As you can see above, the @discardableResult attribute has been added to our animate() methods. This is so that the API user doesn't get a warning when calling these outside of our new top-level function, which will cause the token to be discarded immediately.

Next, let's move the implementation of the previous methods into the new ones (that will perform the animations), and add support for the completionHandler argument:

internal extension UIView {
    func performAnimations(_ animations: [Animation], completionHandler: @escaping () -> Void) {
        // This implementation is exactly the same as before, only now we call
        // the completion handler when our exit condition is hit
        guard !animations.isEmpty else {
            return completionHandler()
        }

        var animations = animations
        let animation = animations.removeFirst()

        UIView.animate(withDuration: animation.duration, animations: {
            animation.closure(self)
        }, completion: { _ in
            self.performAnimations(animations, completionHandler: completionHandler)
        })
    }

    func performAnimationsInParallel(_ animations: [Animation], completionHandler: @escaping () -> Void) {
        // If we have no animations, we can exit early
        guard !animations.isEmpty else {
            return completionHandler()
        }

        // In order to call the completion handler once all animations
        // have finished, we need to keep track of these counts
        let animationCount = animations.count
        var completionCount = 0

        let animationCompletionHandler = {
            completionCount += 1

            // Once all animations have finished, we call the completion handler
            if completionCount == animationCount {
                completionHandler()
            }
        }

        // Same as before, only with the call to the animation
        // completion handler added
        for animation in animations {
            UIView.animate(withDuration: animation.duration, animations: {
                animation.closure(self)
            }, completion: { _ in
                animationCompletionHandler()
            })
        }
    }
}

Putting all the pieces together

We have now laid all the groundwork required to implement our new top-level animate() function, which is actually quite simple. Like when we perform a sequence of animations, we just need to define an exit condition (using a guard statement), and recursively call the function until all animations have been performed:

public func animate(_ tokens: [AnimationToken]) {
    guard !tokens.isEmpty else {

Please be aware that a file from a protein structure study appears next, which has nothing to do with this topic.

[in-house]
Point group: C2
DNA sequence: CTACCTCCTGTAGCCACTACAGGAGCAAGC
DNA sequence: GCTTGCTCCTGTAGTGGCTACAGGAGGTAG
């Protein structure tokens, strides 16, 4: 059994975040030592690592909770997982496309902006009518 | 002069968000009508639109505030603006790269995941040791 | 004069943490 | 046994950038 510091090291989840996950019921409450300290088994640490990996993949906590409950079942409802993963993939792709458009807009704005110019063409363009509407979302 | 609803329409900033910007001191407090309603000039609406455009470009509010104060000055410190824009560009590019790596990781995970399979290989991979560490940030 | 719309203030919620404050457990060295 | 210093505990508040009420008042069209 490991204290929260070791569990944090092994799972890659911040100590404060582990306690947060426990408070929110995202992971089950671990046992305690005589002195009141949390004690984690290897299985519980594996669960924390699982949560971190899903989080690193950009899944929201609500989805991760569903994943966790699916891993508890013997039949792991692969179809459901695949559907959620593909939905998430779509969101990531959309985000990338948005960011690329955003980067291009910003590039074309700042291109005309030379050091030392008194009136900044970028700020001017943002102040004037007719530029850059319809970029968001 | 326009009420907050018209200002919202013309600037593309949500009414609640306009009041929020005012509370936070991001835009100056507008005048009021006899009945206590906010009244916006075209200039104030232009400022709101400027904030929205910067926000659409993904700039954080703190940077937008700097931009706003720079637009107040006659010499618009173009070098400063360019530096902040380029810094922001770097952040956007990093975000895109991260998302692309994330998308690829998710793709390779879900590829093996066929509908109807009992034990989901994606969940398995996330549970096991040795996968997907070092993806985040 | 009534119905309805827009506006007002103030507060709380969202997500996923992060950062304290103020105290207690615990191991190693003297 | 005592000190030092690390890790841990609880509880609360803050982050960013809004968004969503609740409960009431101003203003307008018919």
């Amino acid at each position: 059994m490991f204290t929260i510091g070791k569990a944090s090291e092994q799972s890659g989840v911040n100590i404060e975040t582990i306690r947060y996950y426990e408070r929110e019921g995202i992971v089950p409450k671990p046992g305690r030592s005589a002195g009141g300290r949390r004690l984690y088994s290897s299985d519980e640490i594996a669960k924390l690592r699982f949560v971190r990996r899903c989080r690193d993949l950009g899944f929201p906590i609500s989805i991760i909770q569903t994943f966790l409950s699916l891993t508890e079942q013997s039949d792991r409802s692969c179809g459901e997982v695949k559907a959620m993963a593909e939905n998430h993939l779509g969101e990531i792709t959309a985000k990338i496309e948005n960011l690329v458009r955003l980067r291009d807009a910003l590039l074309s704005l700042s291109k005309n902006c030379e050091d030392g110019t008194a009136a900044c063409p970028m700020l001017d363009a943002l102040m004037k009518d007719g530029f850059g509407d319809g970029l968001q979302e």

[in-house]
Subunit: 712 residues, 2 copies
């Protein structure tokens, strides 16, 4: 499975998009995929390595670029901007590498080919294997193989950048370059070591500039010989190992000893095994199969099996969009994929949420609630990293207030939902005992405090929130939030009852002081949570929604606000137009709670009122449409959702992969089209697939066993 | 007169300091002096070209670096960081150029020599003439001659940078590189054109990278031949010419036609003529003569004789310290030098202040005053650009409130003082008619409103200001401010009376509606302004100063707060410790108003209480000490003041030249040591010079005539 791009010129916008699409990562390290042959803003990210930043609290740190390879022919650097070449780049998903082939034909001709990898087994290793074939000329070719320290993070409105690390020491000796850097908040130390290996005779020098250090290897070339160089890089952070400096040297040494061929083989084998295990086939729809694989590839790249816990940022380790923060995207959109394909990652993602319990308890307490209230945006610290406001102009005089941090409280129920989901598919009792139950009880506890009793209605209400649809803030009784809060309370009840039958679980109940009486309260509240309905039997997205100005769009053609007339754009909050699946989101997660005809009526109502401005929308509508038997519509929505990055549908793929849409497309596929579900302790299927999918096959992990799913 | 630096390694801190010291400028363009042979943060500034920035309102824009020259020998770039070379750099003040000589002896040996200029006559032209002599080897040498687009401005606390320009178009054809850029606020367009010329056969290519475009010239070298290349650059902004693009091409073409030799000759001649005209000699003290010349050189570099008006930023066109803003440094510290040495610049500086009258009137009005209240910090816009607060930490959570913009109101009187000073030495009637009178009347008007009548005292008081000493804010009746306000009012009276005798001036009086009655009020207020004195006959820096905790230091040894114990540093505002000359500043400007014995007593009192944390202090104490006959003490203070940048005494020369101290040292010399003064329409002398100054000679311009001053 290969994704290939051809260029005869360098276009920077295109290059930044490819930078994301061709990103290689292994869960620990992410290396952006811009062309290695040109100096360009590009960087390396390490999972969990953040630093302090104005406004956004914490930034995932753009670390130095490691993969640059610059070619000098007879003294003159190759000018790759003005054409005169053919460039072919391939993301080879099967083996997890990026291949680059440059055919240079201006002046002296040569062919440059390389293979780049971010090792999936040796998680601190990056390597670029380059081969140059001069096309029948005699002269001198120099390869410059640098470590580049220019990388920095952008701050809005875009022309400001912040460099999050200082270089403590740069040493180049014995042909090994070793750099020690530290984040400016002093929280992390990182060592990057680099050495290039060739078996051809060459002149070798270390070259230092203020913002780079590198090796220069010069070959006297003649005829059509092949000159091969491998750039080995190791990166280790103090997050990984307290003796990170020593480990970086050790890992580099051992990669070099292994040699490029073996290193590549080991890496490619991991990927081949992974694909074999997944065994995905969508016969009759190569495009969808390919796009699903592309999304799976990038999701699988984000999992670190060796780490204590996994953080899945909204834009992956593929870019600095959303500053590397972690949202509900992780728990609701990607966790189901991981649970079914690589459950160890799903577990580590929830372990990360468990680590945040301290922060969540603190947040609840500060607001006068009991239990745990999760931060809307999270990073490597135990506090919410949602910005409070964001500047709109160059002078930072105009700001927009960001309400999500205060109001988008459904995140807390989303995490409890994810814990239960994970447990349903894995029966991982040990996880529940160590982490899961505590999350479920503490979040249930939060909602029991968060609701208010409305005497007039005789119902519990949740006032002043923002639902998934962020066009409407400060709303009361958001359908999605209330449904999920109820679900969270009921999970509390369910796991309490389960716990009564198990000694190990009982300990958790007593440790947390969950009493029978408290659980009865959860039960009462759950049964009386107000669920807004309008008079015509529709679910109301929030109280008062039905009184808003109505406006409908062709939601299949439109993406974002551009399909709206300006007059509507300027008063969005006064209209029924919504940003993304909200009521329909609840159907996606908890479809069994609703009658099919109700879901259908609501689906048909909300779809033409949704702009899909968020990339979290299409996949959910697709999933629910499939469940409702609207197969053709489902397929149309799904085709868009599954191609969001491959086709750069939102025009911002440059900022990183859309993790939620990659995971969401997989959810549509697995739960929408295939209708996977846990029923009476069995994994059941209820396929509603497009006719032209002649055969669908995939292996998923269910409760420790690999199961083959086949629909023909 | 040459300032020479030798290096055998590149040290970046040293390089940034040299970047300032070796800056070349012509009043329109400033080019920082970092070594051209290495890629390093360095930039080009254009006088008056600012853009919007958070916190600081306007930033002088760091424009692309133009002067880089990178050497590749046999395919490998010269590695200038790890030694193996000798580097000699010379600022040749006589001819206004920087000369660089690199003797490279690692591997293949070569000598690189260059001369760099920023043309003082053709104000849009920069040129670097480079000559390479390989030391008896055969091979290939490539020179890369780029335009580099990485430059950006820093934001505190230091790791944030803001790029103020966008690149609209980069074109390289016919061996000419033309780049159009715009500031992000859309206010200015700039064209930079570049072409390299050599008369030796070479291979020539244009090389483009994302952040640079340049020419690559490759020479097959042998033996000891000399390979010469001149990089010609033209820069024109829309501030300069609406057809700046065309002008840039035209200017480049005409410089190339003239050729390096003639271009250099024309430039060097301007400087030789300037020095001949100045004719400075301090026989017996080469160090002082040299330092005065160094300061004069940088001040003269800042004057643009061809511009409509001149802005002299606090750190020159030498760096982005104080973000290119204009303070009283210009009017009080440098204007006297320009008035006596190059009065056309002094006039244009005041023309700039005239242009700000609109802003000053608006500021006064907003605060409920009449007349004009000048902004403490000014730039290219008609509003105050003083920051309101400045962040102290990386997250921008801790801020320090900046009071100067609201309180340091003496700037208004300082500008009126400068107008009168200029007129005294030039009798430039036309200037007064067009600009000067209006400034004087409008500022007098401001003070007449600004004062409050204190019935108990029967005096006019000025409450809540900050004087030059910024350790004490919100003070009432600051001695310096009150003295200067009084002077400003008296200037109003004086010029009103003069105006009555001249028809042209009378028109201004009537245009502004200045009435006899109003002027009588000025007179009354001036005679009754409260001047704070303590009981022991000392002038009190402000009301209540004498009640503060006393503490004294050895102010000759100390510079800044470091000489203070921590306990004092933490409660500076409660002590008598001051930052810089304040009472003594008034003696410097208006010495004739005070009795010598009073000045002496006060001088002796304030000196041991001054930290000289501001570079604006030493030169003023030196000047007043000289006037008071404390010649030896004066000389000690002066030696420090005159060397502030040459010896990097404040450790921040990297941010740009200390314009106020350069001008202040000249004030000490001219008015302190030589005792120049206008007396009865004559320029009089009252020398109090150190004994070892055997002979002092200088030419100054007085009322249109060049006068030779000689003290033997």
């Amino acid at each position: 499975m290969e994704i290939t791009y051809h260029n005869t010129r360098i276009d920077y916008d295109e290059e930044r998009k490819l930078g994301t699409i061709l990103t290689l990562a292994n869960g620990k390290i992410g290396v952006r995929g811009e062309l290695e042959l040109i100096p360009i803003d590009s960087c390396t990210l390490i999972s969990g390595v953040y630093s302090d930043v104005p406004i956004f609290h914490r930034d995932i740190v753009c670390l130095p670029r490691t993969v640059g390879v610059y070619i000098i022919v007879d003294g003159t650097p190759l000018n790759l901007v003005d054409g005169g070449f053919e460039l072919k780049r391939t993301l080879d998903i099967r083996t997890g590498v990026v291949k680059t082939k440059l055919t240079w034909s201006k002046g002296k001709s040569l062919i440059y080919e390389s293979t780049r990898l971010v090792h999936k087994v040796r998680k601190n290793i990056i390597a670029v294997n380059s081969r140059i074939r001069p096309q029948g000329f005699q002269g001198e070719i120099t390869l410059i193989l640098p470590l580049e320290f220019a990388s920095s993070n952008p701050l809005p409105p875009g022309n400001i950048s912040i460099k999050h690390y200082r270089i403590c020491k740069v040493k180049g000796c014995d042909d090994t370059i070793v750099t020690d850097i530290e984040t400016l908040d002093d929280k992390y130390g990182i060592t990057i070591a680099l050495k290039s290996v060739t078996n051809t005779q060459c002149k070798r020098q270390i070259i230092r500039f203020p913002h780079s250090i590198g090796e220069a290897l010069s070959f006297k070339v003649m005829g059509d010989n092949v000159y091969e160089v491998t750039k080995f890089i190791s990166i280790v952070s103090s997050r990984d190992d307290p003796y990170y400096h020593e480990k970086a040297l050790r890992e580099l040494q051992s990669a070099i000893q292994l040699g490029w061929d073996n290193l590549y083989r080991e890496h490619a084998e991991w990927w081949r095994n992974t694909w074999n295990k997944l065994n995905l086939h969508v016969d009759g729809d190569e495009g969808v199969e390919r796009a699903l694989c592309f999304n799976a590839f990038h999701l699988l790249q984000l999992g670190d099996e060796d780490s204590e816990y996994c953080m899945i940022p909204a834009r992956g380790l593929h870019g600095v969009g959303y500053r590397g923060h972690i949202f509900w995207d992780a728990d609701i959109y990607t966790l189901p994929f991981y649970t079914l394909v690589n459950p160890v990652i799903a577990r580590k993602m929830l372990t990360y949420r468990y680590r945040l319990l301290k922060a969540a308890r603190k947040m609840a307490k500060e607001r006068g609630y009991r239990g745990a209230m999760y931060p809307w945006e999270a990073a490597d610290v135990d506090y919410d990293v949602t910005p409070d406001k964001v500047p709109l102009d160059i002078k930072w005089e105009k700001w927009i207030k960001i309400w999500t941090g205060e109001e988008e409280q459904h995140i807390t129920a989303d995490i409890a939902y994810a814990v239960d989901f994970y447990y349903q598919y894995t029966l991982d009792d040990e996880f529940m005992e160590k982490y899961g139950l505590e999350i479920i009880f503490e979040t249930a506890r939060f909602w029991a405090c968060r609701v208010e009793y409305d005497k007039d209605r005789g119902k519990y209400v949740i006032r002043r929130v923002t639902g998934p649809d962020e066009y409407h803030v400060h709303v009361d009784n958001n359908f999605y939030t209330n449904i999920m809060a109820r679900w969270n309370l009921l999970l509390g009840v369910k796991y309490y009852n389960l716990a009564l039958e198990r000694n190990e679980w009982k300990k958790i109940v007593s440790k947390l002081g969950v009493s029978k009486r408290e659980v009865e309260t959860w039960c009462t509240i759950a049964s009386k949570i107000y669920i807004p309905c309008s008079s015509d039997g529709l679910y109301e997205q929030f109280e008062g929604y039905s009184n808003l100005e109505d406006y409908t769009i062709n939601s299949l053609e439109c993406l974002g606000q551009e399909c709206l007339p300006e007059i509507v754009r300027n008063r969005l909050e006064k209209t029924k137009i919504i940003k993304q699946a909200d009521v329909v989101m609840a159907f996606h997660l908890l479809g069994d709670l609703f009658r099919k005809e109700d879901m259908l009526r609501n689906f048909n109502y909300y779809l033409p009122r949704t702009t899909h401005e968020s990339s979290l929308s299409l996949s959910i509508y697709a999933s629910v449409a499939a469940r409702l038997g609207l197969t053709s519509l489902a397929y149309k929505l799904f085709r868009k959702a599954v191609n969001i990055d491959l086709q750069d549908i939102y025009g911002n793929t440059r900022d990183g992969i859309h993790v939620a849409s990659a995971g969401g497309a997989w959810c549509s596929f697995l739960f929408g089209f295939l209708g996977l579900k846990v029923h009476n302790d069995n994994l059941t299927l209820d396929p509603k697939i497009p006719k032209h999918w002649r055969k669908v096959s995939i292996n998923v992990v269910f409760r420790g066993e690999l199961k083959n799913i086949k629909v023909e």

return
    }

    var tokens = tokens
    let token = tokens.removeFirst()

    token.perform {
        animate(tokens)
    }
}

Taking our new feature for a spin

Alright - let's try out our new feature of coordinating multiple view animations, all without any nested closures! πŸŽ‰

Last week, we used red rectangles to try out our API. While that did the job, it's a bit boring, so let's add some proper views to animate instead:

let label = UILabel()
label.text = "Let's animate..."
label.sizeToFit()
label.center = view.center
label.alpha = 0
view.addSubview(label)

let button = UIButton(type: .system)
button.setTitle("...multiple views!", for: .normal)
button.sizeToFit()
button.center.x = view.center.x
button.center.y = label.frame.maxY + 50
button.alpha = 0
view.addSubview(button)

And let's perform the animation that we initially set out to make possible! πŸš€

animate([
    label.animate([
        .fadeIn(duration: 3),
        .move(byX: 0, y: -50, duration: 3)
    ]),
    button.animate([
        .fadeIn(duration: 3)
    ])
])

I set the animation duration for each step to 3 seconds, to be able to easily see what's going on in the playground.

Adding a spoonful of sugar

OK, now for the bonus round! One thing you might notice when we call our new top-level animate() function above, is that we have to add quite a lot of syntax, especially with all the array literals ([]).

One way we can reduce that, is to provide APIs that take a variable number of arguments, instead of an array. That way, the compiler can automatically construct an array from the arguments, leaving us with a much cleaner syntax:

animate(
    label.animate(
        .fadeIn(duration: 3),
        .move(byX: 0, y: -50, duration: 3)
    ),
    button.animate(.fadeIn(duration: 3))
)

To make this happen, we simply add overloads that forward into our array-accepting implementations from before:

public func animate(_ tokens: AnimationToken...) {
    animate(tokens)
}

public extension UIView {
    @discardableResult func animate(_ animations: Animation...) -> AnimationToken {
        return animate(animations)
    }

    @discardableResult func animate(inParallel animations: Animation...) -> AnimationToken {
        return animate(inParallel: animations)
    }
}

Conclusion

We now have a declarative animation framework, capable of performing animations both in sequence and in parallel, for both a single view and multiple ones πŸŽ‰

There are of course many more features that we can add to this framework to make it more capable, and to handle even more use cases (like being able to nest multiple top-level animate() calls with both sequences and parallelized animations), but I think that we're off to a very good start.

You can find all the code from this post (combined with the content from last post) on this branch of the Animate repo. I'll also continue working on this framework on master, so feel free to either contribute to it with pull requests, or create your own frameworks and tools based on the ideas from these two blog posts.

If you have any questions, feedback or comments on this post, or any of my other ones - feel free to either leave a comment below or contact me on Twitter @johnsundell.

Thanks for reading πŸš€

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Building a declarative animation framework in Swift - Part 1